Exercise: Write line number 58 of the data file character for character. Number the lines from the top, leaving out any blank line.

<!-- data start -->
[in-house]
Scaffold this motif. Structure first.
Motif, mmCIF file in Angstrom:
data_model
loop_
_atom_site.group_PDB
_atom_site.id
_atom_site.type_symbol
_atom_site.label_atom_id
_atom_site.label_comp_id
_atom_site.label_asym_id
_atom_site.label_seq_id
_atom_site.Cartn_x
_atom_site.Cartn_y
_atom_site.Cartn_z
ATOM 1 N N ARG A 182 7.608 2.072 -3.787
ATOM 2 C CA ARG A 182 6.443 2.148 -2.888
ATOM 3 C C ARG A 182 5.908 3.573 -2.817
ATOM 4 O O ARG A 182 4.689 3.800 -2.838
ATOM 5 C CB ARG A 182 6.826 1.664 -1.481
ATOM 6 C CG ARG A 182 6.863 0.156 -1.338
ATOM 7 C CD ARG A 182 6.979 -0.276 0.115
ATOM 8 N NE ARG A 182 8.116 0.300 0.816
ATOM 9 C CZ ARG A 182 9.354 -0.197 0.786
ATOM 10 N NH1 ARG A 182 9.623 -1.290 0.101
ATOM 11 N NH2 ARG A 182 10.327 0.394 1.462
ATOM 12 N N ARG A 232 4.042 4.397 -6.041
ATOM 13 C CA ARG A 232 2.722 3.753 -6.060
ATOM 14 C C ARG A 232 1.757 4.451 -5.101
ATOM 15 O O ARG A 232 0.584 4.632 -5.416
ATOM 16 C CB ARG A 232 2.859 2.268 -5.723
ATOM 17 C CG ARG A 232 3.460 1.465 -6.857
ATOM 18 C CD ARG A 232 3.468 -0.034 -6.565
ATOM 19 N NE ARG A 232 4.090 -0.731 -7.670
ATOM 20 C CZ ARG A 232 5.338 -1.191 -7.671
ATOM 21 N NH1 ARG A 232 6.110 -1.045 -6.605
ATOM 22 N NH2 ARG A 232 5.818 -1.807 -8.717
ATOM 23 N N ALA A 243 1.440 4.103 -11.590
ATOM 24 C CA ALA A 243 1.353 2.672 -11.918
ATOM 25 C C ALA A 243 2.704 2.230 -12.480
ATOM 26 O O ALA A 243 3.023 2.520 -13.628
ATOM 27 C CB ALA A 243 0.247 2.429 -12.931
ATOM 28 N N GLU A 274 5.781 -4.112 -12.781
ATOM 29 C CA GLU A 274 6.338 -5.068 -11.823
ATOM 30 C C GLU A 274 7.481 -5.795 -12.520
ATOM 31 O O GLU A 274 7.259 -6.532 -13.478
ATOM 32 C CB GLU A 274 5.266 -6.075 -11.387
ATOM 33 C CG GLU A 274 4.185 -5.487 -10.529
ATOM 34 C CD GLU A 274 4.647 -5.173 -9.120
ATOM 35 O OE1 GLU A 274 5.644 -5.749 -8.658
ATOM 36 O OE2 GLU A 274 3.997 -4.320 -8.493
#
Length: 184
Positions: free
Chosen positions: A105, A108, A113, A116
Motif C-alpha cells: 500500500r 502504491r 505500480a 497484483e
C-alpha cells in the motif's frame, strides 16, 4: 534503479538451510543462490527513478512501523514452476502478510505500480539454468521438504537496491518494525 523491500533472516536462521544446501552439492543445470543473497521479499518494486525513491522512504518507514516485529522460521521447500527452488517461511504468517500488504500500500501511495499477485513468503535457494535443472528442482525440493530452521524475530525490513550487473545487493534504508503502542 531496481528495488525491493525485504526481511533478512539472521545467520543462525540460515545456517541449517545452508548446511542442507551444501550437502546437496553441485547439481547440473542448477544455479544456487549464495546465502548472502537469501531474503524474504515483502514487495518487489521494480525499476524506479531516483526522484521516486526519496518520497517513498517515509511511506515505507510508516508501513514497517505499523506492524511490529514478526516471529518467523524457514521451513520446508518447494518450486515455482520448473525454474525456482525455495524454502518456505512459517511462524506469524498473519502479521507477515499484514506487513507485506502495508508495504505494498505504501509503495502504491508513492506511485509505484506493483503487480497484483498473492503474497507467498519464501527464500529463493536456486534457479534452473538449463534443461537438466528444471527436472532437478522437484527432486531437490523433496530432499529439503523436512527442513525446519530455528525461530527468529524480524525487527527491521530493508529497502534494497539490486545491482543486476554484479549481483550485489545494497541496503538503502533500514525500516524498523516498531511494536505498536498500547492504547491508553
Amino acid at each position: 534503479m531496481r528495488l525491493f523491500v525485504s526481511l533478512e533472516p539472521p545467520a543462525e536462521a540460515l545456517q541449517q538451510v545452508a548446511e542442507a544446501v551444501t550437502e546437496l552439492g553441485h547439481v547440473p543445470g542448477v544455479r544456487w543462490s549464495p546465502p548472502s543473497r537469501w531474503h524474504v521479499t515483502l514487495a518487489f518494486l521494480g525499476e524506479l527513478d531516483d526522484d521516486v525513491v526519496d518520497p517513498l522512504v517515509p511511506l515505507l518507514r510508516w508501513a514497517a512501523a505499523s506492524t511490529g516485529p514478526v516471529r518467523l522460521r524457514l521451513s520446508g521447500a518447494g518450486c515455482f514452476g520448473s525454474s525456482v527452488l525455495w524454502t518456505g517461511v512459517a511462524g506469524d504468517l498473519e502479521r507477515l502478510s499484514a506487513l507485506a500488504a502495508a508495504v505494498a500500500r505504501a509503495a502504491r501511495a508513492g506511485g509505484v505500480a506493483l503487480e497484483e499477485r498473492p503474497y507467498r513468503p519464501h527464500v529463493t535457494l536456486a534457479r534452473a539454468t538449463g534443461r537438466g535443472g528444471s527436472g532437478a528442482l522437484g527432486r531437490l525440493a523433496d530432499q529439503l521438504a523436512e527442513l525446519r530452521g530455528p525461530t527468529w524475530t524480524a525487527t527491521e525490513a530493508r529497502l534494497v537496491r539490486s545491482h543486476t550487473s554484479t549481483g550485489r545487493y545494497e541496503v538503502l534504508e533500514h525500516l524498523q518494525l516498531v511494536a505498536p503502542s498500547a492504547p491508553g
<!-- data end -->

Amino acid at each position: 534503479m531496481r528495488l525491493f523491500v525485504s526481511l533478512e533472516p539472521p545467520a543462525e536462521a540460515l545456517q541449517q538451510v545452508a548446511e542442507a544446501v551444501t550437502e546437496l552439492g553441485h547439481v547440473p543445470g542448477v544455479r544456487w543462490s549464495p546465502p548472502s543473497r537469501w531474503h524474504v521479499t515483502l514487495a518487489f518494486l521494480g525499476e524506479l527513478d531516483d526522484d521516486v525513491v526519496d518520497p517513498l522512504v517515509p511511506l515505507l518507514r510508516w508501513a514497517a512501523a505499523s506492524t511490529g516485529p514478526v516471529r518467523l522460521r524457514l521451513s520446508g521447500a518447494g518450486c515455482f514452476g520448473s525454474s525456482v527452488l525455495w524454502t518456505g517461511v512459517a511462524g506469524d504468517l498473519e502479521r507477515l502478510s499484514a506487513l507485506a500488504a502495508a508495504v505494498a500500500r505504501a509503495a502504491r501511495a508513492g506511485g509505484v505500480a506493483l503487480e497484483e499477485r498473492p503474497y507467498r513468503p519464501h527464500v529463493t535457494l536456486a534457479r534452473a539454468t538449463g534443461r537438466g535443472g528444471s527436472g532437478a528442482l522437484g527432486r531437490l525440493a523433496d530432499q529439503l521438504a523436512e527442513l525446519r530452521g530455528p525461530t527468529w524475530t524480524a525487527t527491521e525490513a530493508r529497502l534494497v537496491r539490486s545491482h543486476t550487473s554484479t549481483g550485489r545487493y545494497e541496503v538503502l534504508e533500514h525500516l524498523q518494525l516498531v511494536a505498536p503502542s498500547a492504547p491508553g